Scientists at the Garwan Institute for Medical Research in Australia have found that cancer cells can become resistant to treatment with mutations affecting the mechanism of DNA copying. An article revealing the secret of the emergence of incurable forms of tumors is published in the journal Science.
It turned out that a wide range of cancers, including melanoma, pancreatic cancer and sarcoma, generate a large number of errors when copying DNA. According to the researchers, this is a fundamental survival strategy that malignant neoplasms use to develop resistance to a wide variety of treatment methods. Scientists have found that the process of accumulation of mutations is activated precisely at the beginning of therapy, even if it does not directly affect DNA.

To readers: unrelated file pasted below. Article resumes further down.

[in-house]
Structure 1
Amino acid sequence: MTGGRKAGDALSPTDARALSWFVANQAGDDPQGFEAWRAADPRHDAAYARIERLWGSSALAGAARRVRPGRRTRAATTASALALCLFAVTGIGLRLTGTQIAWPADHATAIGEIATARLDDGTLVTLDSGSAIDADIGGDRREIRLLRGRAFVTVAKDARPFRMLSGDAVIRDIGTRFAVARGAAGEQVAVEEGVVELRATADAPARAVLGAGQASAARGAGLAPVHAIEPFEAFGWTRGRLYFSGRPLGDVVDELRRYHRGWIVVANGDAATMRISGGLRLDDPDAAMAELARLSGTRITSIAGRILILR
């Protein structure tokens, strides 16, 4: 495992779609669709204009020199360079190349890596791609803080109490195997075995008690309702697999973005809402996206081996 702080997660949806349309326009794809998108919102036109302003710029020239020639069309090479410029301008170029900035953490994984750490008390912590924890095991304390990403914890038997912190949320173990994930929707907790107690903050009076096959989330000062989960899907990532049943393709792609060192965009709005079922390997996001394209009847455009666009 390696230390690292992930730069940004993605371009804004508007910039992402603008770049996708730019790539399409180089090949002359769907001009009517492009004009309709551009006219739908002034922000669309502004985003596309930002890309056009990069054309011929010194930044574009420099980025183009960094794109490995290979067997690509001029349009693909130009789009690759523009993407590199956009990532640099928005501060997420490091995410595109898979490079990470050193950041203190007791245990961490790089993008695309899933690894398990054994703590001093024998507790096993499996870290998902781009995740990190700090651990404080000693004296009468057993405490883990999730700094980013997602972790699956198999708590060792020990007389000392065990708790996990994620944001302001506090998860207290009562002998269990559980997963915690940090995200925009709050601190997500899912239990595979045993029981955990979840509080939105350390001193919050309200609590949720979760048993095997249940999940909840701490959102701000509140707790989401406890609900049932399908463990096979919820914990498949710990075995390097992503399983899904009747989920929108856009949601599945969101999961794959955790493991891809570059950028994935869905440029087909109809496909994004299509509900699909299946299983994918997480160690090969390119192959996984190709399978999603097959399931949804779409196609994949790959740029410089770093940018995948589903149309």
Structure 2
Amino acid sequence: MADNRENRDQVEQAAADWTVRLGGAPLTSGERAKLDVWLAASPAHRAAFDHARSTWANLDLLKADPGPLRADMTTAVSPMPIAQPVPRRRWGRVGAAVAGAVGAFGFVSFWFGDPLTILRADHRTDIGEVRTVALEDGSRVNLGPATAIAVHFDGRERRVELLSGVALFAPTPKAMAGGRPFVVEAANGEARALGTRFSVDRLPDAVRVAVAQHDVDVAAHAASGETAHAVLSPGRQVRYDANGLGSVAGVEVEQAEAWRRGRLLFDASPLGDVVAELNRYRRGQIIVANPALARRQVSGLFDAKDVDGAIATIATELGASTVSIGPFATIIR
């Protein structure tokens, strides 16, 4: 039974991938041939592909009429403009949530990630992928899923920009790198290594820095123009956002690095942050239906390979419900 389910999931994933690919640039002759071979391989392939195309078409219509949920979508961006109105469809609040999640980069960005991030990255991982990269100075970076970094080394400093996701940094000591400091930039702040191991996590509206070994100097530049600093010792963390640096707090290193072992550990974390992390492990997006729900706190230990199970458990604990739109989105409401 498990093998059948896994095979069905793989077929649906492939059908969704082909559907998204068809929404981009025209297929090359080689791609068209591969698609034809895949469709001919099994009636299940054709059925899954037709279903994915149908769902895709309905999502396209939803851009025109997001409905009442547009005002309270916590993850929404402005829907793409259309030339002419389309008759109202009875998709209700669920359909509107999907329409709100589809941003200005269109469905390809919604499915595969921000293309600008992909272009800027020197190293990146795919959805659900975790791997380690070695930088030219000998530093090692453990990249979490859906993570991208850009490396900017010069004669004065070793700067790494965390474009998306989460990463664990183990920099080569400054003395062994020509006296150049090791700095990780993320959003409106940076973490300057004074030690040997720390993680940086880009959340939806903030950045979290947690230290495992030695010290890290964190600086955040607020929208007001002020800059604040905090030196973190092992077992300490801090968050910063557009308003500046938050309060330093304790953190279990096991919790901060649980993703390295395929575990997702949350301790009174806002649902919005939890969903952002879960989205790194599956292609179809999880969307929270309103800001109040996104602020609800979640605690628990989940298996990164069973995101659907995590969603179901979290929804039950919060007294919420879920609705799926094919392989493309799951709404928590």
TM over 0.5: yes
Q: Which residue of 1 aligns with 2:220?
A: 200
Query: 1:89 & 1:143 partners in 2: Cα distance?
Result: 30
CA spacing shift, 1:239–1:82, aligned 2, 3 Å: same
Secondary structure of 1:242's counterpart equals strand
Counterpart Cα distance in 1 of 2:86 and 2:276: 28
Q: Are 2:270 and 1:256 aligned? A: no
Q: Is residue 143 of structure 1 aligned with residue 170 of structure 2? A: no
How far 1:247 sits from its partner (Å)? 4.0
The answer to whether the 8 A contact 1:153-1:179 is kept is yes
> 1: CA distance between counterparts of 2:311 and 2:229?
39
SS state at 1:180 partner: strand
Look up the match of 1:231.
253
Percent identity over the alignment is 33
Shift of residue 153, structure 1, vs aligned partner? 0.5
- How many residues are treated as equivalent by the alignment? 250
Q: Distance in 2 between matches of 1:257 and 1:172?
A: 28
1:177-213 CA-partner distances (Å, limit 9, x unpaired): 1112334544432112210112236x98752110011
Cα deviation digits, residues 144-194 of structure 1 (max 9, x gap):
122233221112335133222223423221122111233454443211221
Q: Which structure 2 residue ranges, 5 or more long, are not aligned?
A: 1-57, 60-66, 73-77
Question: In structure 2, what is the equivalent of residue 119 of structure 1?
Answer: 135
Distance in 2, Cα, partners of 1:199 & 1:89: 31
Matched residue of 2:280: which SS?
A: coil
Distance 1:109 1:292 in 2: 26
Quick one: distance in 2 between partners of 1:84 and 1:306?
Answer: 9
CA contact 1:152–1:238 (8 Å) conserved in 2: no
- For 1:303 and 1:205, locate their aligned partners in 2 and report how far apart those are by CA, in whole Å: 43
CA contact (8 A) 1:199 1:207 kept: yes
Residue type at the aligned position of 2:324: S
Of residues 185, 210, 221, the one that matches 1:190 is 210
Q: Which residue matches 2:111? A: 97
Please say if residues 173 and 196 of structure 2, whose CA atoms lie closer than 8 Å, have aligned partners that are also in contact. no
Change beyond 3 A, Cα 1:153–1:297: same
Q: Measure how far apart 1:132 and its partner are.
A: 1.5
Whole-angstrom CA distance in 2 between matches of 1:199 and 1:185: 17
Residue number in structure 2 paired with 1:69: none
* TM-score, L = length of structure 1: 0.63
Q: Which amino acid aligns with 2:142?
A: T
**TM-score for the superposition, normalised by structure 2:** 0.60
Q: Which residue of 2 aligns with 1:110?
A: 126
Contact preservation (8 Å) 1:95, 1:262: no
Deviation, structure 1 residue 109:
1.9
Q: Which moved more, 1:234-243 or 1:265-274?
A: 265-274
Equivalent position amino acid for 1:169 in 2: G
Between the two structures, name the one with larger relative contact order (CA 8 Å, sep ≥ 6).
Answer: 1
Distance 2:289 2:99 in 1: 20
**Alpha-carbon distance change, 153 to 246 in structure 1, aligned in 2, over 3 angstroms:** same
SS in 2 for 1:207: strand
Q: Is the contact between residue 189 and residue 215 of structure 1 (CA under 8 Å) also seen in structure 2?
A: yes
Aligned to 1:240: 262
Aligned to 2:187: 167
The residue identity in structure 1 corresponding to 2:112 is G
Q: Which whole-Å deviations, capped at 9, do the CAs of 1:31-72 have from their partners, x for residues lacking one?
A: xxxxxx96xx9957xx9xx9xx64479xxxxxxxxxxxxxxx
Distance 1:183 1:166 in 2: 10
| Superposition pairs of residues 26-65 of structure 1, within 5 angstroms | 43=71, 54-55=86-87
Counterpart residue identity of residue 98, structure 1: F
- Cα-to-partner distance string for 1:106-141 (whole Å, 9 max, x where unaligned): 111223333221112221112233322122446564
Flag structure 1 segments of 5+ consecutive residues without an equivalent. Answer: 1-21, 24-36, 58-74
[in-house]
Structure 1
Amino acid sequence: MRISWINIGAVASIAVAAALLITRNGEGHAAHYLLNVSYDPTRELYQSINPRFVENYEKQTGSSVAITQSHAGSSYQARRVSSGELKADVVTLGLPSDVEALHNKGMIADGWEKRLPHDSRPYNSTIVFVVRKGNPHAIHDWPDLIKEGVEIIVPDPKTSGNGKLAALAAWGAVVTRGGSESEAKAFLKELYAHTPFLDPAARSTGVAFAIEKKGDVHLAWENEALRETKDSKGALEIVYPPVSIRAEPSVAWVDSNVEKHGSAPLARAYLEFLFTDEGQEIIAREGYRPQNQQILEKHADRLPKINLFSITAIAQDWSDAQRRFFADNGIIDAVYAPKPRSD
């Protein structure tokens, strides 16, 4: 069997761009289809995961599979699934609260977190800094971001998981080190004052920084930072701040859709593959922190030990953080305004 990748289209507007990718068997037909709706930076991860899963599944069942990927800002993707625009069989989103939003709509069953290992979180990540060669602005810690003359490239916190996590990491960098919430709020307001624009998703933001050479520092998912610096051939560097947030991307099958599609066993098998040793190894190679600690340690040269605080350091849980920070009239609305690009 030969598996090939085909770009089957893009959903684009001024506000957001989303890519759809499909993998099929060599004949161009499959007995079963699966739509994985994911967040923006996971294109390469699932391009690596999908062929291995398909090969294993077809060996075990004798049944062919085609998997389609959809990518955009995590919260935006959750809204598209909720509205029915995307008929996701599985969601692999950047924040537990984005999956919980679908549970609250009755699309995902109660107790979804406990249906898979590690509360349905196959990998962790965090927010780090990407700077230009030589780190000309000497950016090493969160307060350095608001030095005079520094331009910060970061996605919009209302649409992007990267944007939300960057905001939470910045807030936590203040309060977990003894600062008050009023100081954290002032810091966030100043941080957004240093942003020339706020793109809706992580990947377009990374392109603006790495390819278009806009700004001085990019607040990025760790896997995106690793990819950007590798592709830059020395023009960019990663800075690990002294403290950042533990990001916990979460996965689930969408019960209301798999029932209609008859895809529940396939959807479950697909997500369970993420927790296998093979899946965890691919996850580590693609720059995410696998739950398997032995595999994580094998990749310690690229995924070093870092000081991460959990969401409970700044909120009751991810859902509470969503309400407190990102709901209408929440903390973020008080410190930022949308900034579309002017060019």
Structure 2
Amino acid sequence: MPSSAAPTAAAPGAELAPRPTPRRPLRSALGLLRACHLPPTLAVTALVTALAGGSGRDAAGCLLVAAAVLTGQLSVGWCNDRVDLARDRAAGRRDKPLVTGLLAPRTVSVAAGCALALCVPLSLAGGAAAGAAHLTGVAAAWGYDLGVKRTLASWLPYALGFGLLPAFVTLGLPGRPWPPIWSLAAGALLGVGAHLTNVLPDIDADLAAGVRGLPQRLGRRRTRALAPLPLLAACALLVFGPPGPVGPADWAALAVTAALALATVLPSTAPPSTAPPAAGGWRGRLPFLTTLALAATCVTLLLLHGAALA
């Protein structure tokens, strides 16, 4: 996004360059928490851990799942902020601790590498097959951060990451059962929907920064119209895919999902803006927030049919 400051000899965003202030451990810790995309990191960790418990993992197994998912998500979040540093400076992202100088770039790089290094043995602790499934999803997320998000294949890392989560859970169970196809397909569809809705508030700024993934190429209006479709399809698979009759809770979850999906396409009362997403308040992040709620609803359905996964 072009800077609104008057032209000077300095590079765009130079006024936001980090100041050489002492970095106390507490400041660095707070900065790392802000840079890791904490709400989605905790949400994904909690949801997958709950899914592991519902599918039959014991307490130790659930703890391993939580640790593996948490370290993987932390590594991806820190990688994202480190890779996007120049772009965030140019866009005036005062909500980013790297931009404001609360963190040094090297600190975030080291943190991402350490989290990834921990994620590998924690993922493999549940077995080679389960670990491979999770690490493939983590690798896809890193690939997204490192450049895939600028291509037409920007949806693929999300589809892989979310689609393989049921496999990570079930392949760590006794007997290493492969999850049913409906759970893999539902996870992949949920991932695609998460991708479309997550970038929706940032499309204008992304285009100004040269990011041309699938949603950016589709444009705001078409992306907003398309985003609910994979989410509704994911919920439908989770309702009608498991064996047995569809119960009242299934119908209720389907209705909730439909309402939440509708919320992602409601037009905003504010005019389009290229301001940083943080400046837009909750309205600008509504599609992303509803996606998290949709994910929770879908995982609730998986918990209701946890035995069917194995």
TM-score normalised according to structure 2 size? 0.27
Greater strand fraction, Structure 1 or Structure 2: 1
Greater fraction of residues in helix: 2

The key role in this mechanism is played by the mTOR gene, which takes part in ensuring the cell response to stress factors. When this gene is blocked, the cells stop growing, however, the regulation of other genes responsible for the restoration and copying of DNA changes. The frequency of mutations increases, which ultimately lead to resistance to treatment. When the tumor becomes resistant to therapy, this mechanism is turned off, and DNA copying again occurs with the same accuracy.